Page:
As my prep time ended and the “Fire” command was given, we seemed to be at the start of the longer right-wind part of the cycle. I dialed my best guess onto my Warner #2, and sent the first sighter on it’s way. The target popped right back up with a solid 5 at 4 o’clock. The condition seemed to be holding, and my plan went right out the window as I decided to make a small correction and shoot my second sighter in the same condition. It also came up a 5, and I was feeling encouraged. I converted both 5’s to record shots, and was off to the races. My new and improved strategy was “TRY TO GET 13 MORE SHOTS DOWN RANGE BEFORE THIS CHANGES!” It didn’t work, and a pick-up on shot #3 sent me to the middle of the 3-ring on the left side. After chasing the wind with limited success for 6 or 7 more shots, it eventually occurred to me that Bob Mead did not become the reigning US F-Class Long Range National Champion by accident. The right-side wind condition was too chaotic and unpredictable for me to handle, it felt like trying to wrestle a crocodile. The velocity changes were almost impossible to spot, and they were huge. By shot #10 I had already lost 8 points including a pair of 3’s for #’s 9 & 10. I decided to slow down and try out the weaker left side wind – if I could get lucky enough for it to come back. When it did, I dialed my correction and was rewarded with a beautiful V. The condition didn’t last long, and I lost another 4 points in my remaining 4 points to finish the match. I couldn’t help but laugh at times when the unexpected 3’s came up, but I had a great time. Over the course of 15 shots, the condition varied from 7 minutes of right wind, to 3 minutes of left. Very interesting.
In Hindsight, Bob’s plan would have been the better one. Waiting for the calmer left wind condition and shooting 3 or 4 shots before the change would likely have netted me a better score, but as it turned out, my 63-2v was better than average in the final. It was good enough to move me up 6 places in the agg to #13, which was icing on the proverbial cake for me. New Zeland native John Snowden shot a masterful 71-4v in the final to cement his victory by a single V over the 2017 Champion – Australia’s Jim Bailey. Those two were locked in an epic duel all week, and to have it decided by that close of a margin in the final was as good of a finish as anyone could have asked for.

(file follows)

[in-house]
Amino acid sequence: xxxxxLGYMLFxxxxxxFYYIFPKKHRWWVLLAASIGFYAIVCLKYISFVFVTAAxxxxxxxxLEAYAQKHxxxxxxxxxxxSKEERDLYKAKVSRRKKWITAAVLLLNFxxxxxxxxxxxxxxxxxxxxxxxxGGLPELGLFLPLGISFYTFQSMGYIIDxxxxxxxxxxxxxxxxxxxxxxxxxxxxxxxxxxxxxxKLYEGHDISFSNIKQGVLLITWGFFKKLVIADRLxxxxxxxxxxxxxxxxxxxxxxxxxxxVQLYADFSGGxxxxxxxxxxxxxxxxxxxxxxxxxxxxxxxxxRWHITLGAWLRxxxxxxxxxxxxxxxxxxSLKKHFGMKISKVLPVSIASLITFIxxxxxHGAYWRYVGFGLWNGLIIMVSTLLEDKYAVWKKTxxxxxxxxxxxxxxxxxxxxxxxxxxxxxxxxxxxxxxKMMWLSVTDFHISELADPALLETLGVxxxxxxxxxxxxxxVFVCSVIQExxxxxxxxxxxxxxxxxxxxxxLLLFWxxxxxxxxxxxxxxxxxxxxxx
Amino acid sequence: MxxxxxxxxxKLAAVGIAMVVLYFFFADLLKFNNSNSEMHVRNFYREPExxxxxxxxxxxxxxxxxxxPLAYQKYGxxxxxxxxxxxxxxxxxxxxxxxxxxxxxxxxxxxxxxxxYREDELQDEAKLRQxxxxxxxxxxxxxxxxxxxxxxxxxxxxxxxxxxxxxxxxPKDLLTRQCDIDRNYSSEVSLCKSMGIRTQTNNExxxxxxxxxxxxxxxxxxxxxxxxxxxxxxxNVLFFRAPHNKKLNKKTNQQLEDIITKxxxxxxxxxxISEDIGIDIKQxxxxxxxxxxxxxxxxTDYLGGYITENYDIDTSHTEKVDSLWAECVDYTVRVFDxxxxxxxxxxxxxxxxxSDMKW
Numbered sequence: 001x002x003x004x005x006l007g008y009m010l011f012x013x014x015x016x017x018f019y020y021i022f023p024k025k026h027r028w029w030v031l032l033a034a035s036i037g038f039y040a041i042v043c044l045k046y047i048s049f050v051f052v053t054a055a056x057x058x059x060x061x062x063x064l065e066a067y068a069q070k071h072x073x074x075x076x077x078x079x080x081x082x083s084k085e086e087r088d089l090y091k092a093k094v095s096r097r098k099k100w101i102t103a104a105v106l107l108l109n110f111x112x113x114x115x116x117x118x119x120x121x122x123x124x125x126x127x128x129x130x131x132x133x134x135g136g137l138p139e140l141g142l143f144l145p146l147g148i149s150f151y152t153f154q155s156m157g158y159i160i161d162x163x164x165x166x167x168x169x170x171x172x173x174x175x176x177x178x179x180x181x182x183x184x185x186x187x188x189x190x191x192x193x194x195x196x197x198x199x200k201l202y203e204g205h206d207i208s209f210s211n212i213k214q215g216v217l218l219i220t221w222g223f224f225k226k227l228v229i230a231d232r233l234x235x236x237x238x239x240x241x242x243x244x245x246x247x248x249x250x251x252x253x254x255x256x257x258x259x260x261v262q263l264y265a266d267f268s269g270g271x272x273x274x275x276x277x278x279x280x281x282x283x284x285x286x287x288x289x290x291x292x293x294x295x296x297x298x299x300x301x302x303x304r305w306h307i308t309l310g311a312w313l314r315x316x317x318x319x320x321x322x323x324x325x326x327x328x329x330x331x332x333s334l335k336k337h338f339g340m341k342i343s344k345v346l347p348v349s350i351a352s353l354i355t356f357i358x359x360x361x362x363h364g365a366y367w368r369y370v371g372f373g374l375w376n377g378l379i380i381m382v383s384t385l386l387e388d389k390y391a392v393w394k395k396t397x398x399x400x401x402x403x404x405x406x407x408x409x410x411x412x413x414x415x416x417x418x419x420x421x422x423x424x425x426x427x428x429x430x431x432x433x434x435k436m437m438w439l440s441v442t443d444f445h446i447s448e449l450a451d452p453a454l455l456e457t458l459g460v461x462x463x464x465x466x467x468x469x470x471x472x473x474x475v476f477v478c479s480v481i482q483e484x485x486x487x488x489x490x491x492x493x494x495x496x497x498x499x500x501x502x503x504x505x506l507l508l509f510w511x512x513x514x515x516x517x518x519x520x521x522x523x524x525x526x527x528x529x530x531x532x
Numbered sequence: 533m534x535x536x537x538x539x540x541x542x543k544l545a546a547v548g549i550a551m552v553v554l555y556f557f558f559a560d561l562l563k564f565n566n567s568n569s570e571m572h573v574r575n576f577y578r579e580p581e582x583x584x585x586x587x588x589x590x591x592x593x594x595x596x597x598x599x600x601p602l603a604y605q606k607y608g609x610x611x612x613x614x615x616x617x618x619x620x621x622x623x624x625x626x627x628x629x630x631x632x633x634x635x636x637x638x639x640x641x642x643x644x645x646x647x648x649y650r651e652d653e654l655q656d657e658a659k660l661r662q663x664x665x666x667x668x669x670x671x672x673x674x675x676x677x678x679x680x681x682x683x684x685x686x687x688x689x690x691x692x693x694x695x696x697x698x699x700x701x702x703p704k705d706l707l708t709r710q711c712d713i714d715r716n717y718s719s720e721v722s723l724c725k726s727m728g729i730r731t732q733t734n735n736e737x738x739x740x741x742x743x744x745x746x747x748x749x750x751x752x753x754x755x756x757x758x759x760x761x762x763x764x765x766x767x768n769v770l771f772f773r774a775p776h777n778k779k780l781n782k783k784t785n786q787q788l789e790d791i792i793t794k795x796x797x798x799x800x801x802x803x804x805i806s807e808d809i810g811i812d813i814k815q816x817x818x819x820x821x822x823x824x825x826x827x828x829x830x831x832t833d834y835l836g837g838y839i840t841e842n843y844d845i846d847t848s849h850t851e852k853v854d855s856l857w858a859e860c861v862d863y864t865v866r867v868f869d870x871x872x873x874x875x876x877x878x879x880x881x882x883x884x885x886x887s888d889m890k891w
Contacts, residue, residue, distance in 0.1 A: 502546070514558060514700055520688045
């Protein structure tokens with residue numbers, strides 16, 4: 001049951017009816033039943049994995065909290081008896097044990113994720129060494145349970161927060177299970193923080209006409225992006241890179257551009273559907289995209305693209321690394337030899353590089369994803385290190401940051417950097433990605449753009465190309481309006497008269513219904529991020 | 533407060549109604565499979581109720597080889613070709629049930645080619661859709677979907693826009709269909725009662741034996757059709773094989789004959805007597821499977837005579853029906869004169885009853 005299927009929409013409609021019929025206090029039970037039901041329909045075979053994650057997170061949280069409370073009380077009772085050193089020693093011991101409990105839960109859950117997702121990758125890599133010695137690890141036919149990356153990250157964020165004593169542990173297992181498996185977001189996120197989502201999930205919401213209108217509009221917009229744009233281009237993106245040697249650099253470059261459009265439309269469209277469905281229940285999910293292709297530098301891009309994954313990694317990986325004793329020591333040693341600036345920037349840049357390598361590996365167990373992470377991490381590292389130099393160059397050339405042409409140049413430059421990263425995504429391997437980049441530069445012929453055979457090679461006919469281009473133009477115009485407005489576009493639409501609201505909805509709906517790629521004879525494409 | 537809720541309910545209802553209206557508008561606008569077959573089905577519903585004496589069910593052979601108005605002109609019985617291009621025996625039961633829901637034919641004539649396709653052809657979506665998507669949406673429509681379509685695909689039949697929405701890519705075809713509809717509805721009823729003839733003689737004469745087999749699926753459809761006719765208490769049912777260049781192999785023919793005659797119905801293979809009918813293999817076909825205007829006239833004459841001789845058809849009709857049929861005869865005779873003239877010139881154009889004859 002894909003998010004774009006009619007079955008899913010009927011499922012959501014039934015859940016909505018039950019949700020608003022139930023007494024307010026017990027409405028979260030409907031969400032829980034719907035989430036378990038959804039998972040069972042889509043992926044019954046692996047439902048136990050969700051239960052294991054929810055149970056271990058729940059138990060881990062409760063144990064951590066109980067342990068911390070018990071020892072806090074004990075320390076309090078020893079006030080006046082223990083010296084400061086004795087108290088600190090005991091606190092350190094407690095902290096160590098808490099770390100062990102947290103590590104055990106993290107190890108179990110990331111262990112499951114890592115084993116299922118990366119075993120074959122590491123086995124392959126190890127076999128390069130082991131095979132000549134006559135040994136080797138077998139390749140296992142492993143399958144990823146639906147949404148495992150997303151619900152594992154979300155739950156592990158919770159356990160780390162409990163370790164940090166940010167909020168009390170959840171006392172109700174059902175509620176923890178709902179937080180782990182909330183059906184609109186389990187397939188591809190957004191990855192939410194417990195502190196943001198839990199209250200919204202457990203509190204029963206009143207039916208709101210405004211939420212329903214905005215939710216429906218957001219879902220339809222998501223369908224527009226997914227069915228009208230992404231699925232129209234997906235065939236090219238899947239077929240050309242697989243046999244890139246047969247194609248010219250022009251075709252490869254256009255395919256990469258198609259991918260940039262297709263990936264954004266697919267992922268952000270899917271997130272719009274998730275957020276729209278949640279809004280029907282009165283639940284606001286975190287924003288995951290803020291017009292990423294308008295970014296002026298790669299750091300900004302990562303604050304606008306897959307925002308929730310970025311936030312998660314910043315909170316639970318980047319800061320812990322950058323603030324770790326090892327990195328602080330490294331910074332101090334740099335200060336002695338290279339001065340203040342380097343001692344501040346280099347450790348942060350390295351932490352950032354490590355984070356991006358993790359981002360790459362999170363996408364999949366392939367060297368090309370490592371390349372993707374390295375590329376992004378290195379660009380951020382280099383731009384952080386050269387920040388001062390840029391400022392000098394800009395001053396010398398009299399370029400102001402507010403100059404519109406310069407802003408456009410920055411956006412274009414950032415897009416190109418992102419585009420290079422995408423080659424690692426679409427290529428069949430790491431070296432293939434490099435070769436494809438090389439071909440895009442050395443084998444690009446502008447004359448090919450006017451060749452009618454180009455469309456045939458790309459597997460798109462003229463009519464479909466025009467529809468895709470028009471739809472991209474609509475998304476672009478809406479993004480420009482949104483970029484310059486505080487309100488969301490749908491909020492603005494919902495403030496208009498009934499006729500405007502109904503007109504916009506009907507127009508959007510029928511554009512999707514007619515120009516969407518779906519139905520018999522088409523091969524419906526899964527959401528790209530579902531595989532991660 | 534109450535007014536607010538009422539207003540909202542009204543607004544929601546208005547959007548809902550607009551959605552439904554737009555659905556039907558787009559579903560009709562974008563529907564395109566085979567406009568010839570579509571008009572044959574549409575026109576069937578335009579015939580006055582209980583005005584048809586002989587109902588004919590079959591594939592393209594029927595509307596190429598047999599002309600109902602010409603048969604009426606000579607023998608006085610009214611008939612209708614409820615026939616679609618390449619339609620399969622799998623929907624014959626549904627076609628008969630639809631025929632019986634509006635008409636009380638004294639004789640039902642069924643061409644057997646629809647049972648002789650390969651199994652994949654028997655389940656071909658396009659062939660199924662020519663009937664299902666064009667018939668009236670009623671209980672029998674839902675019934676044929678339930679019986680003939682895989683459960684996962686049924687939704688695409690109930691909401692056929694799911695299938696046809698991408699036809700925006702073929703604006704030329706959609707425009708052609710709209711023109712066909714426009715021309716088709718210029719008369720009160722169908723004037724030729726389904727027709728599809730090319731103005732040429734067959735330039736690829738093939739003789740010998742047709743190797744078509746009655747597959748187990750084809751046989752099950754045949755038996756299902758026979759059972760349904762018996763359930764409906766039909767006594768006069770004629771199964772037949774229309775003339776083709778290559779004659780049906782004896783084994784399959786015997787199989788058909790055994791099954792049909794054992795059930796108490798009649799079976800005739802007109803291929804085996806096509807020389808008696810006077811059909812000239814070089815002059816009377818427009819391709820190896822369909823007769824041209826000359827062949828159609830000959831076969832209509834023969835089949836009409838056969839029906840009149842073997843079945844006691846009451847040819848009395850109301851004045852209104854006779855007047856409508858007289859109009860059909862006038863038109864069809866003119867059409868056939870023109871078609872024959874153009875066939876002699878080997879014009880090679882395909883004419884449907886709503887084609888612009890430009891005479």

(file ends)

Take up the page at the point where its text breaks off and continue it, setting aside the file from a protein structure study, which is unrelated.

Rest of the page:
Final Standings | Top 20
After the excellent prize giving ceremony on Saturday evening, the only shooting left to do was the Mini Palma team match on Sunday. The word “Mini” in the name refers to the size of the team, not the distances shot. The match is fired at the normal distances of 800, 900, and 1000 yards, but with 8-person teams instead of the 16 that would be on a Palma team. This was another great opportunity for the coaches to work on strategies, and for the shooters to get more experience in the larger team format. The win went to the Australian Gold team, but the USA Rifle Team was a close 2nd, and our shooters and the coaching staff learned a lot about what we might be able expect next year at the World Championship.
Team USA | L to R: Todd Branin, Jim Obermeyer, Coach Steve Hardin, David Littlefield, Coach Lane Buxton, Kerry Spurgin, Adrian Harris, Coach Gary Rasmussen, Team Captain Norm Anderson, Erik Rhode, Dan Altman, Nate Guernsey, and Oliver Milanovic.
Team USA Vets | Front Row L to R: Ricky Hunt, Team Captain David Crandall, Adjutant Christine Crandall, Jerry DeCosta. Back Row L to R: Coach Blair Clowdis, Randy Pike, John Howell, Charles Clark, Bob Churchill, Keith Hoverstad, Coach Bob Mead, and Tom Whitaker.
This was a great trip for me. I met a lot of great people that I hadn’t known before, and got to know people a lot better that were only acquaintances before. I think that a lot of those acquaintances have now become friends. I learned that there are no slouches on the USNRT, and I learned valuable lessons about adjusting expectations and managing pressure in completely foreign environments.
Not long ago, I couldn’t have guessed that I’d get the opportunity to represent the USA on a trip like this. Now that I have, I just want to get back and do it again.
I hope I get another chance.
February 11, 2018